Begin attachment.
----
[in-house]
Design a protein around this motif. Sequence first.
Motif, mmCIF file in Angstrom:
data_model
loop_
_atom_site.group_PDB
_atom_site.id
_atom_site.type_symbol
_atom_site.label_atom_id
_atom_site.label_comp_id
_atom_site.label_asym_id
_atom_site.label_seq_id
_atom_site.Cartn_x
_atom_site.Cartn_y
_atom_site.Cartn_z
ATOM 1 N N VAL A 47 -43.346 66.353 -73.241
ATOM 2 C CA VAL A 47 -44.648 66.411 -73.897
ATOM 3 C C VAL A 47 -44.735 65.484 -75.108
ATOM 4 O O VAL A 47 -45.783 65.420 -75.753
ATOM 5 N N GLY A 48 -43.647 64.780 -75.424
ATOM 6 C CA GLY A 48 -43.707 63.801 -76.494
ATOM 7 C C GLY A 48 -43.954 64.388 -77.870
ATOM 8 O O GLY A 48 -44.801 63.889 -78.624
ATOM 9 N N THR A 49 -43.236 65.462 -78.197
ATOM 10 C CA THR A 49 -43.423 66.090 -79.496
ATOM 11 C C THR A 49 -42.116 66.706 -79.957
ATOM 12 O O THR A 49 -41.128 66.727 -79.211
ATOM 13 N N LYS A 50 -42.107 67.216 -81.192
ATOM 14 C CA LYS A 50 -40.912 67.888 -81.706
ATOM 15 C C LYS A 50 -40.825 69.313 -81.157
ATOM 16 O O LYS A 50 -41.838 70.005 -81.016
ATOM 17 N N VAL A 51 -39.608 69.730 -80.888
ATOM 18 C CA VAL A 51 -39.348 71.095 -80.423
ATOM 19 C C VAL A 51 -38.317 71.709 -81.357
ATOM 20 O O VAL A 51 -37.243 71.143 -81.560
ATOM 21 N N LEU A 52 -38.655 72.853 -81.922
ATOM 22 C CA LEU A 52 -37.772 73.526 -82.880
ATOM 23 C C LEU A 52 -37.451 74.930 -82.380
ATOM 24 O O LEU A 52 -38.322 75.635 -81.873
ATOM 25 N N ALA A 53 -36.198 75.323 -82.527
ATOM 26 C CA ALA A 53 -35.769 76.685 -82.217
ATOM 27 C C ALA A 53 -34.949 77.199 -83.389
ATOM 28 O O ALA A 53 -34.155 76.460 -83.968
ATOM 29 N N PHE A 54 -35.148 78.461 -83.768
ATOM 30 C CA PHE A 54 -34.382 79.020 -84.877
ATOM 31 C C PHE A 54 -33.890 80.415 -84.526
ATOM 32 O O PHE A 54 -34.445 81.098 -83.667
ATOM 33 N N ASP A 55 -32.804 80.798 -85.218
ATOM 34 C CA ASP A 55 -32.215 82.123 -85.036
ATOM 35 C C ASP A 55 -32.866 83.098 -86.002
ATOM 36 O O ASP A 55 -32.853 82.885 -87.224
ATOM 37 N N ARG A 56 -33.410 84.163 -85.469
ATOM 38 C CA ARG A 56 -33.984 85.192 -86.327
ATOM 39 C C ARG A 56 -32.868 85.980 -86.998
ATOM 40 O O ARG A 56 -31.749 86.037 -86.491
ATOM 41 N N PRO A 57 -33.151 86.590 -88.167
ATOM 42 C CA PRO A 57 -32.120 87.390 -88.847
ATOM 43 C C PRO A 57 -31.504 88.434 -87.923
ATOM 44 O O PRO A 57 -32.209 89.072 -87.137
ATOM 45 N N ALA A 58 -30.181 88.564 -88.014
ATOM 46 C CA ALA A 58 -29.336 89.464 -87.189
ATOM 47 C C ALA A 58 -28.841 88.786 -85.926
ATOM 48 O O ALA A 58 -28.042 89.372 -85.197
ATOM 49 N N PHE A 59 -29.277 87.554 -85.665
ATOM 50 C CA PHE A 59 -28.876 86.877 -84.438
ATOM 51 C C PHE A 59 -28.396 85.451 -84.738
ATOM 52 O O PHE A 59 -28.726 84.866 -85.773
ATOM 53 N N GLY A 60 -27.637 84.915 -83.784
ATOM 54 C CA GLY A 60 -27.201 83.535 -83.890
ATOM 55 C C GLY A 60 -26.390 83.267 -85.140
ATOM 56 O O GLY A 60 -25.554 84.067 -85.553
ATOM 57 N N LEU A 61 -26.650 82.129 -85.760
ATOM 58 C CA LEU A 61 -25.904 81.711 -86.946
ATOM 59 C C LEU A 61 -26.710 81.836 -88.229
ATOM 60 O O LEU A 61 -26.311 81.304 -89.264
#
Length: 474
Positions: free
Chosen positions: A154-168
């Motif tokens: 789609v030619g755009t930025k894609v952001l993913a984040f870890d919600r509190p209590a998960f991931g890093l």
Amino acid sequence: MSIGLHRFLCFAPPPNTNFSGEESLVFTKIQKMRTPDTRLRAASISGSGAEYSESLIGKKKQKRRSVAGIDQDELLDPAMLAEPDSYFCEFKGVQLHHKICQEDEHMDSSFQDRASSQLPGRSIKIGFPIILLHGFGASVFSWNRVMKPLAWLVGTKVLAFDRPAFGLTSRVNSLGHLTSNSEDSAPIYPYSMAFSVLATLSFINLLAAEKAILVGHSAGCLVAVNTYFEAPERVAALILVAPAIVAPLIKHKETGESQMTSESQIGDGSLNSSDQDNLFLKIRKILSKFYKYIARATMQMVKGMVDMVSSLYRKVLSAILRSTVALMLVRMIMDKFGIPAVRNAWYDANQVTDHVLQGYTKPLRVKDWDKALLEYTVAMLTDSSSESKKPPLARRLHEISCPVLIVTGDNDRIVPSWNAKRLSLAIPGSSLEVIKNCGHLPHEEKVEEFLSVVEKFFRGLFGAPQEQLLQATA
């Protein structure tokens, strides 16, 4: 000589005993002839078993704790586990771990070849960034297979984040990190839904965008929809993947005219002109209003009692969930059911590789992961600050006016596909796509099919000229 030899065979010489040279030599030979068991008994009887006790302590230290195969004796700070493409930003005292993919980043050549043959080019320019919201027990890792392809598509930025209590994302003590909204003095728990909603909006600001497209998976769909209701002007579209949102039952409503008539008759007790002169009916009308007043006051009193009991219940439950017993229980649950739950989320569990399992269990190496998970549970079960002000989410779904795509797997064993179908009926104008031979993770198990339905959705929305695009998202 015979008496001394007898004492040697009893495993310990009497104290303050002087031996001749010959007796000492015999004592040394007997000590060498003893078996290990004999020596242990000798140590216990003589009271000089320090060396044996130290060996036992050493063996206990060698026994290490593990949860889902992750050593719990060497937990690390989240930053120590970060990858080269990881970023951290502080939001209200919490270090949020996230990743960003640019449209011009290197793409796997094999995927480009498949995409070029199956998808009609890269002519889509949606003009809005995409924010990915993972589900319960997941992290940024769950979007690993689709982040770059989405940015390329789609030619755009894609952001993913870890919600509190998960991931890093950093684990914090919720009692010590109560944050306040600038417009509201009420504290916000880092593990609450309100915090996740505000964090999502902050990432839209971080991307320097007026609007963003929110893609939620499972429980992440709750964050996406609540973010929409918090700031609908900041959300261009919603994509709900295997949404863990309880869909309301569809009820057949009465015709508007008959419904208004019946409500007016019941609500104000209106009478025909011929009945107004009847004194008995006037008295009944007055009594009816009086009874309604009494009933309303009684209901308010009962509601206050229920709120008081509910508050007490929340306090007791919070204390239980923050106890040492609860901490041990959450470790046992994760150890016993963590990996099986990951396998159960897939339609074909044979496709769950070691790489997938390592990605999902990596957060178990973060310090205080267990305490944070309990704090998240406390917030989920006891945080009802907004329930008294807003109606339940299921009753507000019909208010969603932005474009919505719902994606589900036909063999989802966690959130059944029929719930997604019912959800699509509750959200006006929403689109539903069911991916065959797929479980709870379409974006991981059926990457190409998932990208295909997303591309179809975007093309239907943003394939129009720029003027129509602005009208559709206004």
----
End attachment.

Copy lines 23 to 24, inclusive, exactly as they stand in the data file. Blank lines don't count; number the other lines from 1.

ATOM 8 O O GLY A 48 -44.801 63.889 -78.624
ATOM 9 N N THR A 49 -43.236 65.462 -78.197